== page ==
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Karen Shore holds up a sign outside of the 9th U.S.
Circuit Court of Appeals in San Francisco, Tuesday, Feb. 7, 2017 (AP Photo/Jeff
Employers may continue to process immigration and travel for foreign national workers from the seven countries named in President Donald Trump's executive order limiting immigration. A federal appeals court unanimously denied the president's appeal to reinstate the ban.
Citizens from Iran, Iraq, Libya, Somalia, Sudan, Syria and Yemen are free to enter the U.S. after a 9th U.S. Circuit Court of Appeals panel upheld Feb. 9 a lower federal court judge's nationwide temporary restraining order blocking the president's controversial executive order.
"The president will now appeal to the Supreme Court, as he confirmed via Twitter almost immediately after the court's ruling," said Julie Pearl, CEO and managing attorney of the
Pearl Law Group, based in the San Francisco Bay area. "The travel ban will not be reinstated for now unless the Supreme Court orders it so within the coming weeks."
For more information about Donald Trump's workplace policies and how they affect HR professionals, check out the SHRM resources provided below:
Visas that had been revoked by the order have been reinstated and visa processing at U.S. consulates around the world will be administered as normal—with travelers undergoing standard screening—as the merits of the executive order continue to be litigated.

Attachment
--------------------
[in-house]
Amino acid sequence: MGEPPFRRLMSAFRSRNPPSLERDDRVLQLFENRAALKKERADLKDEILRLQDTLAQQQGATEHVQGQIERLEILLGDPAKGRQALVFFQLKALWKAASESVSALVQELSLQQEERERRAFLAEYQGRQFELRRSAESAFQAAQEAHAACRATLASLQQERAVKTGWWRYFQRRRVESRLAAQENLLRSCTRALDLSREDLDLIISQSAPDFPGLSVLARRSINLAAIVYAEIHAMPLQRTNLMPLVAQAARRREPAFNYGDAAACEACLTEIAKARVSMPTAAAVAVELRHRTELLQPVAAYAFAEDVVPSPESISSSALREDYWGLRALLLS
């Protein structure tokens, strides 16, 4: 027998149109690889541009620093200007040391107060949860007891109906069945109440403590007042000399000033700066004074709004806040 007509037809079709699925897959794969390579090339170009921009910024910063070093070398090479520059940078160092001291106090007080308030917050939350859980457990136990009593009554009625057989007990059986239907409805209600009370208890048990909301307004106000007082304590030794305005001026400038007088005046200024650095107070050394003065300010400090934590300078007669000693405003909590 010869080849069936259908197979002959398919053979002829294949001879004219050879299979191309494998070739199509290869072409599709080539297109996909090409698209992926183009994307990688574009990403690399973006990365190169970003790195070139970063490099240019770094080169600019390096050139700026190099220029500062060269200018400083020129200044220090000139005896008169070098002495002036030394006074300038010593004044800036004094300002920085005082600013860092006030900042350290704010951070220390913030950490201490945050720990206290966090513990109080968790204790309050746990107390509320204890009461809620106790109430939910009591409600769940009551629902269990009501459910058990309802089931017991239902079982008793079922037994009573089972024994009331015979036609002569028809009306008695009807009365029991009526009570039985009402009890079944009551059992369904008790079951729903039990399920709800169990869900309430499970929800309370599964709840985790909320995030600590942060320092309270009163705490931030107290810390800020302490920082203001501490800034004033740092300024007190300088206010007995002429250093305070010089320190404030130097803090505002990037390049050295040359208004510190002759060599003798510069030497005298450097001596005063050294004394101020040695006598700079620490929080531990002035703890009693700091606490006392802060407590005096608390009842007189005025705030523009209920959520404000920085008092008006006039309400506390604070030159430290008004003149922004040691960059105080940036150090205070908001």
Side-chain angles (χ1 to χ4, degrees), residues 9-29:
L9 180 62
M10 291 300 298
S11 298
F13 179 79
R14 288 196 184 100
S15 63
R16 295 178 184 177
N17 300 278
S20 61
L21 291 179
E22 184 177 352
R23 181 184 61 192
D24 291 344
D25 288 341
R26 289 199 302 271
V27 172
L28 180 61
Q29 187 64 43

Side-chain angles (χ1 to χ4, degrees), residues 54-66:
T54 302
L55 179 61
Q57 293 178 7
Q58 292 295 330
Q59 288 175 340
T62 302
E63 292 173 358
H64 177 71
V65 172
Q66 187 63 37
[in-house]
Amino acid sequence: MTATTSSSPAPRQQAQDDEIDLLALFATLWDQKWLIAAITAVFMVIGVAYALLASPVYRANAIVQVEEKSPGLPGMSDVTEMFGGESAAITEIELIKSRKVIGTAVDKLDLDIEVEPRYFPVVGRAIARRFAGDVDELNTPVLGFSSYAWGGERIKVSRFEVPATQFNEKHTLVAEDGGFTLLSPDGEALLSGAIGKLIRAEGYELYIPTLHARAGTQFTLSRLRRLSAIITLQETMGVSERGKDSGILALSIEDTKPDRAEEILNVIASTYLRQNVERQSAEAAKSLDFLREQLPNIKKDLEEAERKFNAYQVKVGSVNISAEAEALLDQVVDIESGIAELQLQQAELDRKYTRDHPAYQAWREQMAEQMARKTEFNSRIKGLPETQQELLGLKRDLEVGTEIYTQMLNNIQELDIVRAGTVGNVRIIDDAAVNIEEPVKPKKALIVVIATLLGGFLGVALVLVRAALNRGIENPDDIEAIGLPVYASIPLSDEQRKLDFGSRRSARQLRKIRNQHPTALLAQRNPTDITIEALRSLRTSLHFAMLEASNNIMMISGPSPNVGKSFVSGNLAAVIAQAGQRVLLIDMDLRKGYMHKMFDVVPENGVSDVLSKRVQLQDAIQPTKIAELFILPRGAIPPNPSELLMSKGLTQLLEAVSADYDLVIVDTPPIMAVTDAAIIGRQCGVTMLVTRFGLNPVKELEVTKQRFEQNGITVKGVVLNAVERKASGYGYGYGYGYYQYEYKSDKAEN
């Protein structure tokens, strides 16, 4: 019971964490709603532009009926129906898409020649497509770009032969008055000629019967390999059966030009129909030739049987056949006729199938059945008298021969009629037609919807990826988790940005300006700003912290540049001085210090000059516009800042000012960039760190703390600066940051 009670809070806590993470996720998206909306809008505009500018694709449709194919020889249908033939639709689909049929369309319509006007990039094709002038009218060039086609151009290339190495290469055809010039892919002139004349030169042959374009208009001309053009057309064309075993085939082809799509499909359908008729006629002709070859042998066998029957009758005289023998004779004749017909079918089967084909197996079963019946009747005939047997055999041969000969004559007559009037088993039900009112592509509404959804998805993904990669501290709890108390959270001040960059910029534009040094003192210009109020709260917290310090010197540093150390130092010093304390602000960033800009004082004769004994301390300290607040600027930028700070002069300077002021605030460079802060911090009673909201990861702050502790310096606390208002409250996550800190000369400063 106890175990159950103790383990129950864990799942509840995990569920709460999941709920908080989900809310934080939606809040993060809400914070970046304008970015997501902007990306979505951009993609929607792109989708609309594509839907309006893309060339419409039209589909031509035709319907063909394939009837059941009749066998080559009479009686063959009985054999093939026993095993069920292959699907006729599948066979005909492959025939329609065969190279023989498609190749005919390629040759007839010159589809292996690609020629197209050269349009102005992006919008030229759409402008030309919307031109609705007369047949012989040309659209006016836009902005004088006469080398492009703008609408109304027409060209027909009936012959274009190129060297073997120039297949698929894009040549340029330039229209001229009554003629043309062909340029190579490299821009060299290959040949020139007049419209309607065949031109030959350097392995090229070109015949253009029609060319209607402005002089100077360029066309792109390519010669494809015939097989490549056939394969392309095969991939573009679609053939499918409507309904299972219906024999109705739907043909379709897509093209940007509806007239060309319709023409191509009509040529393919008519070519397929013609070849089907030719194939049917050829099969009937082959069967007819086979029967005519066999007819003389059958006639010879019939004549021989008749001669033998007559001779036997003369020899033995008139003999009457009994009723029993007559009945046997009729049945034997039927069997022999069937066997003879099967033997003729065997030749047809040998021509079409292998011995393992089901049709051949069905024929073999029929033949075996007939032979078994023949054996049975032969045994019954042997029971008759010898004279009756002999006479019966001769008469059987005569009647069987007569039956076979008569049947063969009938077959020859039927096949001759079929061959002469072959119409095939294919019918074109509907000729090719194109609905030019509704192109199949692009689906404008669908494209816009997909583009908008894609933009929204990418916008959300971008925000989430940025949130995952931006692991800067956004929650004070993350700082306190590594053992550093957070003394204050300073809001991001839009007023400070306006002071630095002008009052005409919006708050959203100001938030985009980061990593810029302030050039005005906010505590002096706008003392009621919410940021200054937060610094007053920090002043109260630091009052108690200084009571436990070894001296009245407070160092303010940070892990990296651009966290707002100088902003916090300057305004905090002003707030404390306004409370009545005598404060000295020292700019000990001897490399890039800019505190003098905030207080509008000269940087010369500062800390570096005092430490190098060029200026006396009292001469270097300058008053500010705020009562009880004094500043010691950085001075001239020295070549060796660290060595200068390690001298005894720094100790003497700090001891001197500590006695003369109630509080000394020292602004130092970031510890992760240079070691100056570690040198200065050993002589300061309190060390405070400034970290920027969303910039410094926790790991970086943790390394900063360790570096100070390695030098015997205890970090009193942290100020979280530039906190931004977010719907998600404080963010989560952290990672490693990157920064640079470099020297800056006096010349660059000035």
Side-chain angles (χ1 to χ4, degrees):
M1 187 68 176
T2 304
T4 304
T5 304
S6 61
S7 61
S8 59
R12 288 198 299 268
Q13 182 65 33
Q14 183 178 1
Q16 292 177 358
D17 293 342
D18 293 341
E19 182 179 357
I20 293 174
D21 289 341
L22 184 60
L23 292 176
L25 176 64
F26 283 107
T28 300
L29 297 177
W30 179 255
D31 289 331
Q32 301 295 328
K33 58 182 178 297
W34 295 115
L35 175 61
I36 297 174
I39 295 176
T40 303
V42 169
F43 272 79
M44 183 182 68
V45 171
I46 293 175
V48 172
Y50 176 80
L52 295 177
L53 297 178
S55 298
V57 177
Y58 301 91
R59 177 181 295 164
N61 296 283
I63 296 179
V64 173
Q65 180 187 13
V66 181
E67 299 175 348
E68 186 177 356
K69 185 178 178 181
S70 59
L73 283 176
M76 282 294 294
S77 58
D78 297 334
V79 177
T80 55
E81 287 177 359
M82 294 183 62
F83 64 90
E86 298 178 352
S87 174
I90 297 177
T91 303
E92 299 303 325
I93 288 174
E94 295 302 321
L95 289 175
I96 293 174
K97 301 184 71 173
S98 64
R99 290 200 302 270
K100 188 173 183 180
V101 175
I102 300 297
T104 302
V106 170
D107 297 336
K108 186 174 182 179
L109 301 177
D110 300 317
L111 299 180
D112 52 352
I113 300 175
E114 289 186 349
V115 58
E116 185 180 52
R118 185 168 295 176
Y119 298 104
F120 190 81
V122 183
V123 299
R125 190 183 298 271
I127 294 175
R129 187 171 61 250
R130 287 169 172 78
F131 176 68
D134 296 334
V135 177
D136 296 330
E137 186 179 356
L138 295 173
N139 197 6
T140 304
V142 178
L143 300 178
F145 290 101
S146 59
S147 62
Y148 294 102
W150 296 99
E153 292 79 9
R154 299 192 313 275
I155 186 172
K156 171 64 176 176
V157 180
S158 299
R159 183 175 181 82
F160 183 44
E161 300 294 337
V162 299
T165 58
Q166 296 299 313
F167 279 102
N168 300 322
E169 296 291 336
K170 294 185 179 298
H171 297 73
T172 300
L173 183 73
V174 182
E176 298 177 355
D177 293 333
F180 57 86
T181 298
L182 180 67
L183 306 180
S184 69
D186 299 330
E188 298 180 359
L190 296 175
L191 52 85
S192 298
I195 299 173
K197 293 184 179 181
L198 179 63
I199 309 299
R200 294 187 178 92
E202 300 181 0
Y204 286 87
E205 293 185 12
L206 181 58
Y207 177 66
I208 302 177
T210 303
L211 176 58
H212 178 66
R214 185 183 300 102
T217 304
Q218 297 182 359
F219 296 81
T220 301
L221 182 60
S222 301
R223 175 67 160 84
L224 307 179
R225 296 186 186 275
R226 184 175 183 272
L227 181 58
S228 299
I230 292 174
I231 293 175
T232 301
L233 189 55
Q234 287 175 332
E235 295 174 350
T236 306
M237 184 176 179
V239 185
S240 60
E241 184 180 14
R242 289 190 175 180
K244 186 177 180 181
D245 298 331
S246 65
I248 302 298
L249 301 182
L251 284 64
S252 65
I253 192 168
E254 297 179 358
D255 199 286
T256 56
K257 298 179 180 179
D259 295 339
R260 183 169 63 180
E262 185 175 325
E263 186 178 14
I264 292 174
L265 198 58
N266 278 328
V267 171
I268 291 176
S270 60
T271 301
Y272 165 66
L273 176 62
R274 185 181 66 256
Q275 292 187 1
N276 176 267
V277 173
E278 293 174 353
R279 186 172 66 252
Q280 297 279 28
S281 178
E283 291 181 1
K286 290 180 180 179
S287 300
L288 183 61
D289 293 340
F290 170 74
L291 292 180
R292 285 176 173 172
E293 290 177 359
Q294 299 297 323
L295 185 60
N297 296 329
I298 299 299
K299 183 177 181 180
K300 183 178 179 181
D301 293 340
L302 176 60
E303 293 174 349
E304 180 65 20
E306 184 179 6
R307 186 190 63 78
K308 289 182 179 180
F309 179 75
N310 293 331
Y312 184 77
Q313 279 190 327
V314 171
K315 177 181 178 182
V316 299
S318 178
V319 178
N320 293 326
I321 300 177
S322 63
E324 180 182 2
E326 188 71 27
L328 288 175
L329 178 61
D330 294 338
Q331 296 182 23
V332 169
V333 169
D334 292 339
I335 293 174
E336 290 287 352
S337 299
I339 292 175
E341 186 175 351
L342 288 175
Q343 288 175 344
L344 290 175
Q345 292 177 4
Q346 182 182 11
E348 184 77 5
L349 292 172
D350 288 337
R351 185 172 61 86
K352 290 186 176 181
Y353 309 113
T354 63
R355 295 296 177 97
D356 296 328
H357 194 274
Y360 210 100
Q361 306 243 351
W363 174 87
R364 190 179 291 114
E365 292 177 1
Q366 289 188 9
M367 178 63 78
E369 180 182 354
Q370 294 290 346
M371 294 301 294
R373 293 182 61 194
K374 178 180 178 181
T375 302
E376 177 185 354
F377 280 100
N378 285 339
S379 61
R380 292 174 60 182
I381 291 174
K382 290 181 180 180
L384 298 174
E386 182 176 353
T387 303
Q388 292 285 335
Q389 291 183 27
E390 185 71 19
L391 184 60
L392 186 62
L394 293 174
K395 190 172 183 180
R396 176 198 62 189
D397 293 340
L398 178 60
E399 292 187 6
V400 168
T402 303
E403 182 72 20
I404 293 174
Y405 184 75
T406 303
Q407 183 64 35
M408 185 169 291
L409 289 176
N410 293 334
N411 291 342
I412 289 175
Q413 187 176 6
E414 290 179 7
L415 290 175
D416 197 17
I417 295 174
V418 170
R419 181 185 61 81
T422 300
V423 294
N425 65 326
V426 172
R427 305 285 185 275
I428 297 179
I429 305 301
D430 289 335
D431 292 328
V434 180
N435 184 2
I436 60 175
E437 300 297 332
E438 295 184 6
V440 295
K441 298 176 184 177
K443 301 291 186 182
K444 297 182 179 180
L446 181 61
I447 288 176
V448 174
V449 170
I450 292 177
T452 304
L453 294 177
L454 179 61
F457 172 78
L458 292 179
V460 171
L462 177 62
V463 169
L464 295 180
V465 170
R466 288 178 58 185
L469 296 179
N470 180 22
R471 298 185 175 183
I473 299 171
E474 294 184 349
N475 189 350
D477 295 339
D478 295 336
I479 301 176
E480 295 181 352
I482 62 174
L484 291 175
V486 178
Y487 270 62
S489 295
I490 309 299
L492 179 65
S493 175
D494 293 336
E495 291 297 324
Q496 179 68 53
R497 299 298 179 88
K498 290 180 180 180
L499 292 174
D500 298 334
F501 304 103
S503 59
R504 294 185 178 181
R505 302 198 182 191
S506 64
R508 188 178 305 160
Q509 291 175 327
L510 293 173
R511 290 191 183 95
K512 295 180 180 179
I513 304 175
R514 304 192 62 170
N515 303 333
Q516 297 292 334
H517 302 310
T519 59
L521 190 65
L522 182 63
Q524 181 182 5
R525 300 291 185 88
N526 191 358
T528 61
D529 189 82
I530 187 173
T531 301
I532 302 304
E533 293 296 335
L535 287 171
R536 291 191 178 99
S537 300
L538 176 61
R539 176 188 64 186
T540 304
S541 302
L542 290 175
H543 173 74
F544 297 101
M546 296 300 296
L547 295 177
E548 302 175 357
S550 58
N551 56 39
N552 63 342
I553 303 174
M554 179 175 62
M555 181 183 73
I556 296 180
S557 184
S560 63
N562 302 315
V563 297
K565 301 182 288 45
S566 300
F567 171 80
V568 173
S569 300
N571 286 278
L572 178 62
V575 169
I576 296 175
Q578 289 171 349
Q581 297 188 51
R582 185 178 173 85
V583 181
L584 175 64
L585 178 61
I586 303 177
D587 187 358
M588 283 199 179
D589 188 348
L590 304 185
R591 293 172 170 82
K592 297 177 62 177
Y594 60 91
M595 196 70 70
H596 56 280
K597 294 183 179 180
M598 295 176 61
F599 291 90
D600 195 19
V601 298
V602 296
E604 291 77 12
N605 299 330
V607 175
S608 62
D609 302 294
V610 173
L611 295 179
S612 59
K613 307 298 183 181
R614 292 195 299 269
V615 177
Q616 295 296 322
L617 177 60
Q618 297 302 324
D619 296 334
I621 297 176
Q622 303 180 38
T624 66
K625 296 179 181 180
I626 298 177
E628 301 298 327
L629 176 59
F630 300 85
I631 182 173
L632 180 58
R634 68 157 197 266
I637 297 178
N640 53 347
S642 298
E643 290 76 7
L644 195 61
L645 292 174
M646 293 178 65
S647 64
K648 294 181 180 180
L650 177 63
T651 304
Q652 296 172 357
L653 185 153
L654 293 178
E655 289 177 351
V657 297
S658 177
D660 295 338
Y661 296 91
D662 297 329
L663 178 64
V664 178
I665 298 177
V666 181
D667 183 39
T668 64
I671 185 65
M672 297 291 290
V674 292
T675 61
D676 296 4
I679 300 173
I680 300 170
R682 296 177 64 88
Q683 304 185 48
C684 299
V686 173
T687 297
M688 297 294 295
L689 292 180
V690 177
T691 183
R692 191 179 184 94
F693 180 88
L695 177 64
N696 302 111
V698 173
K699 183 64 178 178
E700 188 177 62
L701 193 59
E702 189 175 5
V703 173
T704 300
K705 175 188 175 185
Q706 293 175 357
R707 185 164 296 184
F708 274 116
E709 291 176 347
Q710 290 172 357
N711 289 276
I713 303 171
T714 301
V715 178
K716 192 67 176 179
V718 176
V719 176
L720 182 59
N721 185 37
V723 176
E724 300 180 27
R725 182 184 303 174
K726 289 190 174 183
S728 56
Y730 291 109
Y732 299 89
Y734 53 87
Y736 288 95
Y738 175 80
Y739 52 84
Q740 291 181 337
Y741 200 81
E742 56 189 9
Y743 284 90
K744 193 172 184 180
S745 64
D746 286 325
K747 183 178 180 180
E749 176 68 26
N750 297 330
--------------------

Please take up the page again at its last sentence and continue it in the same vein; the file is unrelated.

"This situation continues to remain highly fluid with near-daily developments, so employers will want to remain up to speed with the case as its outcome could impact your workforce and require adjustments to your business practices," said Kim Thompson, a partner in the Atlanta office of
law firm Fisher Phillips and chair of the firm's Global Immigration Practice Group.
Thompson recommended that employers with affected employees outside the United States have those employees return to the U.S. as quickly as possible, however. "The legal status of the court order could change at any time so immediate action is essential."
[SHRM members-only toolkit:
Obtaining U.S. Employment Visas]
What Happens Next
The appellate court ruling focused on whether the president's order should be paused while the larger issues are weighed. It does not resolve the long-term uncertainty for employers and workers from the affected countries.
"The decision simply upholds the temporary restraining order issued by the federal court judge," Thompson said. "The parties will still litigate the matter at the U.S. District Court in Seattle to determine whether that restraining order should be transformed into a permanent injunction, adjusted in some manner, or scrapped altogether, and a return trip to the 9th Circuit seems possible as well."
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